2. Discuss the purpose and vision of the series.

Right; here’s our vision statement, featured in the front matter of each of our volumes: The vision of The Johannine Monograph Series is to make available in printed, accessible form a selection of the most influential books on the Johannine writings in the modern era for the benefit of scholars and students alike. The volumes in this series include reprints of classic English-language texts, revised editions of significant books, and translations of important international works for English-speaking audiences. A succinct foreword by one of the editors situates each book in terms of its role within the history of Johannine scholarship, suggesting also its continuing value in the field. This series is founded upon the conviction that scholarship is diminished when it forgets its own history and loses touch with the scintillating analyses and proposals that have shaped the course of Johannine studies. It is our hope, therefore, that the continuing availability of these important works will help to keep the cutting-edge scholarship of this and coming generations of scholars engaged with the classic works of Johannine scholarship while they also chart new directions for the future of the discipline.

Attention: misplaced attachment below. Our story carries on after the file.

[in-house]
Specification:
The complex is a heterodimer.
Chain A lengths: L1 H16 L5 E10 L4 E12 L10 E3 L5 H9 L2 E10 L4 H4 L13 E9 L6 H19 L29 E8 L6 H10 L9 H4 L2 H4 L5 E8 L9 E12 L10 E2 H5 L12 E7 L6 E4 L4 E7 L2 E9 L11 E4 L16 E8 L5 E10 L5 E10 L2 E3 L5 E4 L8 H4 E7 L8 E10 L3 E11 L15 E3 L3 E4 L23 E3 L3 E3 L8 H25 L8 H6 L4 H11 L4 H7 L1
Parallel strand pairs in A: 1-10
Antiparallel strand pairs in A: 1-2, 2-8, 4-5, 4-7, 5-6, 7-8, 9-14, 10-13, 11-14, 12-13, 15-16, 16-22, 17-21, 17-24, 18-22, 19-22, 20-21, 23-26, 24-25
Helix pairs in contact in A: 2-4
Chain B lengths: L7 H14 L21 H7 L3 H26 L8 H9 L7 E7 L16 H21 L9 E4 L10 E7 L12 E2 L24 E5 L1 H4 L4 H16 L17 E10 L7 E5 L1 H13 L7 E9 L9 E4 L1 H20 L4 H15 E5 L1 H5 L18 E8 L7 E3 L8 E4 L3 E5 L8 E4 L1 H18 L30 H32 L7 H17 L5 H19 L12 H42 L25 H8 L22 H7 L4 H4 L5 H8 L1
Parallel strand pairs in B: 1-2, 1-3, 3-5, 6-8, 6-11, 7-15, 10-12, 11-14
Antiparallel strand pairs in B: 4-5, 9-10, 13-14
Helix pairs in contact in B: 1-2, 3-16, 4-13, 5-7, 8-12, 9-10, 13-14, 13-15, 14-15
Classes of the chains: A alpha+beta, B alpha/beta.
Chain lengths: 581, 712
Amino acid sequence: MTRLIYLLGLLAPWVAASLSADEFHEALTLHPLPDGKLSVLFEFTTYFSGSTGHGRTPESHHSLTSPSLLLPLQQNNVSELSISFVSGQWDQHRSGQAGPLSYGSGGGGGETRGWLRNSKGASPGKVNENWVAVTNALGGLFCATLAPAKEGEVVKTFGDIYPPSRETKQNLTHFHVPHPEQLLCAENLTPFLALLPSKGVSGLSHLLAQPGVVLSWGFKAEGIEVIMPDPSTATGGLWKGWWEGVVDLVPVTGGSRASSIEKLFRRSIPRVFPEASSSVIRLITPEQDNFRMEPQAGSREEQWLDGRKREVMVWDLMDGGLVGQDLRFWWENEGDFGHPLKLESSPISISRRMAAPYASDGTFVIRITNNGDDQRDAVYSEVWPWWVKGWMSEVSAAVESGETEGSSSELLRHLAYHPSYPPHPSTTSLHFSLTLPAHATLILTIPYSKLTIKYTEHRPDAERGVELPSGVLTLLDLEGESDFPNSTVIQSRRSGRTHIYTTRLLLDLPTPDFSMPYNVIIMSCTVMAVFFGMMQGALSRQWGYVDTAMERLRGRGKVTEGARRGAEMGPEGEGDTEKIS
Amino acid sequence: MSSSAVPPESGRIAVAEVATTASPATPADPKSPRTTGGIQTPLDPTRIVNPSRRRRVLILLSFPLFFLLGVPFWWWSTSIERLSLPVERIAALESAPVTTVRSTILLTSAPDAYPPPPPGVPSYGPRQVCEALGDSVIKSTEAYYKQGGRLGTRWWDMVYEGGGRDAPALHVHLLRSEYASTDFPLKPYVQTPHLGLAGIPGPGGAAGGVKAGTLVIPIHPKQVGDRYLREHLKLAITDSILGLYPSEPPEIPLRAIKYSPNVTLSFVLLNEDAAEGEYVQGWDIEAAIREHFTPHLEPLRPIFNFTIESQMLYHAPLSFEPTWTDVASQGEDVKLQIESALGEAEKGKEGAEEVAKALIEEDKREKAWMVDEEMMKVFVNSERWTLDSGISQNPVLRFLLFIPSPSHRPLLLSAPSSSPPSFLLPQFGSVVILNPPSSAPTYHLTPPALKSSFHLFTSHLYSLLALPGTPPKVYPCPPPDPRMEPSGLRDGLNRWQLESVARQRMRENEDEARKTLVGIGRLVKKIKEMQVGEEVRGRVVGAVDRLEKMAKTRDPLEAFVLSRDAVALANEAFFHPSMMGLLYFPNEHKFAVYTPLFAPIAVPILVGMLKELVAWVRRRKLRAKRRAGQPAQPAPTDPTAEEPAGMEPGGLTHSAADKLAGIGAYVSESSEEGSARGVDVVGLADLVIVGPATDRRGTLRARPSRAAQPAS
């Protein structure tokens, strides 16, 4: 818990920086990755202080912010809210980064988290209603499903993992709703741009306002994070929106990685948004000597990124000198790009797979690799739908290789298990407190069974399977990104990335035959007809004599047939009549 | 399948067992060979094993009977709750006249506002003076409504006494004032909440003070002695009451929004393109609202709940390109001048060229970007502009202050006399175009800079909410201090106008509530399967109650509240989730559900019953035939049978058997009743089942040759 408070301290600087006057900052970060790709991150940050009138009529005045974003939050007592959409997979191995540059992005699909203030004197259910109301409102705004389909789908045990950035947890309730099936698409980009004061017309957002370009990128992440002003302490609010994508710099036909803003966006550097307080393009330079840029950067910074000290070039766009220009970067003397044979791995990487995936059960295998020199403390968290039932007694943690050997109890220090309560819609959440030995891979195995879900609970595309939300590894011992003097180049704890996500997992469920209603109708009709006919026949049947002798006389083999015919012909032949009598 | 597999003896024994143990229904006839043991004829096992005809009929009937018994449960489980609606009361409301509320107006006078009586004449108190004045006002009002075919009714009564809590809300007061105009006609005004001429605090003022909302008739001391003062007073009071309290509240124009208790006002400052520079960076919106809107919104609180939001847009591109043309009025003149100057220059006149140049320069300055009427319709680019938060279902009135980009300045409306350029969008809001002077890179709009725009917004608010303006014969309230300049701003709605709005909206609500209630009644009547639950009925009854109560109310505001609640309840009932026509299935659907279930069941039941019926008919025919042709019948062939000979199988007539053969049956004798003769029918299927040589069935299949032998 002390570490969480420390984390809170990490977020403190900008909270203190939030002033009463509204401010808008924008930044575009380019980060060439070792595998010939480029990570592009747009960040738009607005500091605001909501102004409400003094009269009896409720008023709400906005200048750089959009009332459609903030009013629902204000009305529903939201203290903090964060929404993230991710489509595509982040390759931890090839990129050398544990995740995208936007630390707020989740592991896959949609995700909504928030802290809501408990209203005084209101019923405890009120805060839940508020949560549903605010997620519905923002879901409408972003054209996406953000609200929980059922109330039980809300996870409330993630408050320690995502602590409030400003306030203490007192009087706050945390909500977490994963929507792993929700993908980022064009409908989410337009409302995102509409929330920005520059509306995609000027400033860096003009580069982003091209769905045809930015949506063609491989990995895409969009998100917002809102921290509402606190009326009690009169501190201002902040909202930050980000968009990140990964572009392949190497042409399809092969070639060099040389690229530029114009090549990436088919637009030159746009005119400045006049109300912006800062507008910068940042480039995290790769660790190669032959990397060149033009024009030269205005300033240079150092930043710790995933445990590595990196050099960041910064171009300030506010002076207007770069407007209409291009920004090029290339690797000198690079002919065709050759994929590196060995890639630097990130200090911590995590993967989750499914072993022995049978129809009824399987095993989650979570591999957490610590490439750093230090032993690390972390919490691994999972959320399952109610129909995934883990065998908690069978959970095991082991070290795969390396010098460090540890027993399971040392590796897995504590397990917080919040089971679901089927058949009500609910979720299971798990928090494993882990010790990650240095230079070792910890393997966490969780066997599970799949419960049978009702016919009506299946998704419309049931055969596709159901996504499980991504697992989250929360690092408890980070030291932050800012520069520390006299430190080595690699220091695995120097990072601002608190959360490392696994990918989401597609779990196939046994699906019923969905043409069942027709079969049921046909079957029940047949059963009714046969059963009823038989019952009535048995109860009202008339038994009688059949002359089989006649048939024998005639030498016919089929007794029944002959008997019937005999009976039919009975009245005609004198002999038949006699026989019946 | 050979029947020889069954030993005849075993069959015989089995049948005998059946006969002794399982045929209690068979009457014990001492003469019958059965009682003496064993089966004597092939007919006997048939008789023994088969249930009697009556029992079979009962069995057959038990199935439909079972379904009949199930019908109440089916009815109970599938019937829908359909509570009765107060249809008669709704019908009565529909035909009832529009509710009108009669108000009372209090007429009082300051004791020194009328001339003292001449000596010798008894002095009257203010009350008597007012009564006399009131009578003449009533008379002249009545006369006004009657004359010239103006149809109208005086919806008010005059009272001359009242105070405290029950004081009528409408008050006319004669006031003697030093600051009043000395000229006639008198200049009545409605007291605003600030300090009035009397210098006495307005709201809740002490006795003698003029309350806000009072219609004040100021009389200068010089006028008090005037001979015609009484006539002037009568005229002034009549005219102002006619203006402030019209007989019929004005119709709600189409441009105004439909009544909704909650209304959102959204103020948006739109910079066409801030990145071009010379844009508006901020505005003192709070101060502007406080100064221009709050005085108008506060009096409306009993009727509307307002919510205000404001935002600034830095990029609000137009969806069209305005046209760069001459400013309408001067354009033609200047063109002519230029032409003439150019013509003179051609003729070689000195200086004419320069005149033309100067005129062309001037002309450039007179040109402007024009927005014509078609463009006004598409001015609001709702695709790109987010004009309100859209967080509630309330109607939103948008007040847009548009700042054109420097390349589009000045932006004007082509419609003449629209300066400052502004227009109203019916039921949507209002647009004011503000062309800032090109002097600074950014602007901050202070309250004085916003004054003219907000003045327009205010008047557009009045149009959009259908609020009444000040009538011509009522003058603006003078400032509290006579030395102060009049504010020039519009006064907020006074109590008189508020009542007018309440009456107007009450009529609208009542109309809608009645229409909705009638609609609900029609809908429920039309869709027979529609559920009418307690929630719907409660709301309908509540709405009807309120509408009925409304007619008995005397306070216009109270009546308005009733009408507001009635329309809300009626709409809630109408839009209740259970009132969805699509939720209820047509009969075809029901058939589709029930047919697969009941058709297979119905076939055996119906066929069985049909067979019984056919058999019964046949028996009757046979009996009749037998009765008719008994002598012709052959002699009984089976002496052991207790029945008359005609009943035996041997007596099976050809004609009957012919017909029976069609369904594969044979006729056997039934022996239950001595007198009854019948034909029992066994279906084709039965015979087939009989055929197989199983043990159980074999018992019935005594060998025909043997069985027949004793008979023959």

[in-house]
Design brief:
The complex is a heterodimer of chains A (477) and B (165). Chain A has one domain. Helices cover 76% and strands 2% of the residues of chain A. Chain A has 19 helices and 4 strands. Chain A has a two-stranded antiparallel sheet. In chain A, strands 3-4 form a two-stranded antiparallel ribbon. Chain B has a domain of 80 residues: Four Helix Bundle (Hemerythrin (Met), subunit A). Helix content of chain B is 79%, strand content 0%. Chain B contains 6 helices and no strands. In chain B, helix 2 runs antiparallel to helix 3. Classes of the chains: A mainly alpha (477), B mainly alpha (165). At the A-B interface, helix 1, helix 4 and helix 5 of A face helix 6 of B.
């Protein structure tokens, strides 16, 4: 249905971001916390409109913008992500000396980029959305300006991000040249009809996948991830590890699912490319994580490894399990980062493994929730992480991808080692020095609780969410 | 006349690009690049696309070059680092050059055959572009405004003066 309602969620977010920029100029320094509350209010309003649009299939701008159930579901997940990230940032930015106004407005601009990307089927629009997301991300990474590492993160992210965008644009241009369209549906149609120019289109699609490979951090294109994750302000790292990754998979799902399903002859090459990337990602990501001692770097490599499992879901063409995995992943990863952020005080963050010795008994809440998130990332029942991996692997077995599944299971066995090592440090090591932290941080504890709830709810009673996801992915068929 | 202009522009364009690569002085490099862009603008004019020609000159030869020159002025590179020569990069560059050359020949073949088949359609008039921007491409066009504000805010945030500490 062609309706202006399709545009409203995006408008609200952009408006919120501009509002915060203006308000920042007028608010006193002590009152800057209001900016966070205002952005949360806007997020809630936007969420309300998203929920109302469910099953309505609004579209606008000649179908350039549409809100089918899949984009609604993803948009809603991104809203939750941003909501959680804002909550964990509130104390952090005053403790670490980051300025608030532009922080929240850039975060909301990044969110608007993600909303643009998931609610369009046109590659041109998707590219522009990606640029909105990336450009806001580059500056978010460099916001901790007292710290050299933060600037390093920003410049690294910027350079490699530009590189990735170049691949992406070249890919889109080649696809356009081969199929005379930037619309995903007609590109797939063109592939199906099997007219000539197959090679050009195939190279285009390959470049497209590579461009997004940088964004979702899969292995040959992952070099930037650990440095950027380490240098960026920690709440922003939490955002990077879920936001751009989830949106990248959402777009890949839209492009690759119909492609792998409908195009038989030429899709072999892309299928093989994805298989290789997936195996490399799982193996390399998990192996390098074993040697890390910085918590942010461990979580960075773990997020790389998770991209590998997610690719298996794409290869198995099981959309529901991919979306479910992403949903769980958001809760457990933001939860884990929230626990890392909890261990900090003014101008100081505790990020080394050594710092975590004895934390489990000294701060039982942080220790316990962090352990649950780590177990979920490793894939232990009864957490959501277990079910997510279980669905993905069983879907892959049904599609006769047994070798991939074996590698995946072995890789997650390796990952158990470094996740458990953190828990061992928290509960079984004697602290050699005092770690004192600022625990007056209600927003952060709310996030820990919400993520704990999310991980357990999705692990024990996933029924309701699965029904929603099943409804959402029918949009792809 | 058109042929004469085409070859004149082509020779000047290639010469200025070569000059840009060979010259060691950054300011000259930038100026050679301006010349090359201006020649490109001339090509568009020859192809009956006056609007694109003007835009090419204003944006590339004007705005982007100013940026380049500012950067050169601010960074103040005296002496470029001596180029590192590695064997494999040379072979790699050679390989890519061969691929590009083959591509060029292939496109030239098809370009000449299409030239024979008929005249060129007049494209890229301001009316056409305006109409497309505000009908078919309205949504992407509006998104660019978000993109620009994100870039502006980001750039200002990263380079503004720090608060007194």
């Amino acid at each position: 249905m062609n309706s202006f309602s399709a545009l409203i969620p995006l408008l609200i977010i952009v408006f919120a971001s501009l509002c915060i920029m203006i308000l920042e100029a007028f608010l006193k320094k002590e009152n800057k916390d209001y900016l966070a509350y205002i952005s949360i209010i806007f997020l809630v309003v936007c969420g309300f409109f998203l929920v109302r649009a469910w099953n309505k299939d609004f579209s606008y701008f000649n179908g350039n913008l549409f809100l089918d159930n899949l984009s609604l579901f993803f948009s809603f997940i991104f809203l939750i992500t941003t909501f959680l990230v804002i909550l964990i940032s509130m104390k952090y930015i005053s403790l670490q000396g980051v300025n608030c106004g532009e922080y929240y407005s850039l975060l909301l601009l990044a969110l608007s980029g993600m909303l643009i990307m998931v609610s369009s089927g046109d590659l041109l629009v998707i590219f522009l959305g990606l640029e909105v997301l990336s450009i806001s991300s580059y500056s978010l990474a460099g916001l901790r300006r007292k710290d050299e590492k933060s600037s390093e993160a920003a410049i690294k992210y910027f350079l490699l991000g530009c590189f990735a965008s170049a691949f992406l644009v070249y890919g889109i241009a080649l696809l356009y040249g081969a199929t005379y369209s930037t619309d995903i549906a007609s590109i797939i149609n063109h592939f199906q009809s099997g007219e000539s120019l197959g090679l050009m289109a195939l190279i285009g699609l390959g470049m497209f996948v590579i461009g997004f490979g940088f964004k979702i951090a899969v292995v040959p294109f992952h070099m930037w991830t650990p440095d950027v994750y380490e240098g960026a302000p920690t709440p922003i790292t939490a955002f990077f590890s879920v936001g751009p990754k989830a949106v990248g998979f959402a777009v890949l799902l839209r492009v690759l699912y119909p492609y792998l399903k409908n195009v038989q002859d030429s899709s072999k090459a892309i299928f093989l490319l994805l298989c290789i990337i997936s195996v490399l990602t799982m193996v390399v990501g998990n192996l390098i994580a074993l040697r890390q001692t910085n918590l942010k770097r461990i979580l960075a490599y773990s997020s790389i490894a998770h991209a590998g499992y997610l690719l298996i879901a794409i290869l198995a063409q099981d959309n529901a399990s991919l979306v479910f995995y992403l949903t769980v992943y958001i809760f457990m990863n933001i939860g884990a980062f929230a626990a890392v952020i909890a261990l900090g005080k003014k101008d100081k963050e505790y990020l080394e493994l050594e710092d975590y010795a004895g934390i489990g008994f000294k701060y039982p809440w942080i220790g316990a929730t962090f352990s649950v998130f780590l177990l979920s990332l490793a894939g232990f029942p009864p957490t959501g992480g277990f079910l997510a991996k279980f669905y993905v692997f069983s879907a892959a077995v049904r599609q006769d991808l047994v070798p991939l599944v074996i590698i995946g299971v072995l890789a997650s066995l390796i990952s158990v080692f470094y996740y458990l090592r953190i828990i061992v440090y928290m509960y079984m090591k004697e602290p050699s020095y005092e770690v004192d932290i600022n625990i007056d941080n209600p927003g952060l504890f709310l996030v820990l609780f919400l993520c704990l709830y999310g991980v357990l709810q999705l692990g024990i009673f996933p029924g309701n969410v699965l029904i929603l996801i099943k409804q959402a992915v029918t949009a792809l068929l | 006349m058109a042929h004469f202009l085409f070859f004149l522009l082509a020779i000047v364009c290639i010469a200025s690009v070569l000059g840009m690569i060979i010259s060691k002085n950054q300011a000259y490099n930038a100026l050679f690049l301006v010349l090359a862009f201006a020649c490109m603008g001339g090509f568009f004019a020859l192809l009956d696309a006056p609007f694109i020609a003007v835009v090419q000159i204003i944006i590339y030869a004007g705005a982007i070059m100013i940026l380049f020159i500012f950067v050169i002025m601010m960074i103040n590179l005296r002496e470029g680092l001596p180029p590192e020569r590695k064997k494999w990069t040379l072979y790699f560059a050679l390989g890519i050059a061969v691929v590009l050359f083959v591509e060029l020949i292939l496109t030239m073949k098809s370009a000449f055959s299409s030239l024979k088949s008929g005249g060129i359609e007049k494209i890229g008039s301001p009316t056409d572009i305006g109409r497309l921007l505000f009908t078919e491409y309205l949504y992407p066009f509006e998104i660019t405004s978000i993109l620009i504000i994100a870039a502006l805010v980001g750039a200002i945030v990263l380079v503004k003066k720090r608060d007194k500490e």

3. What are the criteria for a volume to be considered in the JMS?

Our criteria are fluid; we want to be sure that some of the most important Johannine works continue to be maintained in print, especially ones that continue to inform the best of Johannine studies. Such factors as whether a book is out of print and whether we can also secure the rights to publish the work also play roles in how things develop, of course. For non-English works, the capacity for translation is a factor, and for works deserving a revised edition, we’re happy to also consider such possibilities. Michael Theobald’s Herrenworte im Johannesevangelium is an example of the former, and David Wead’s Literary Devices in John’s Gospel is an example of the latter.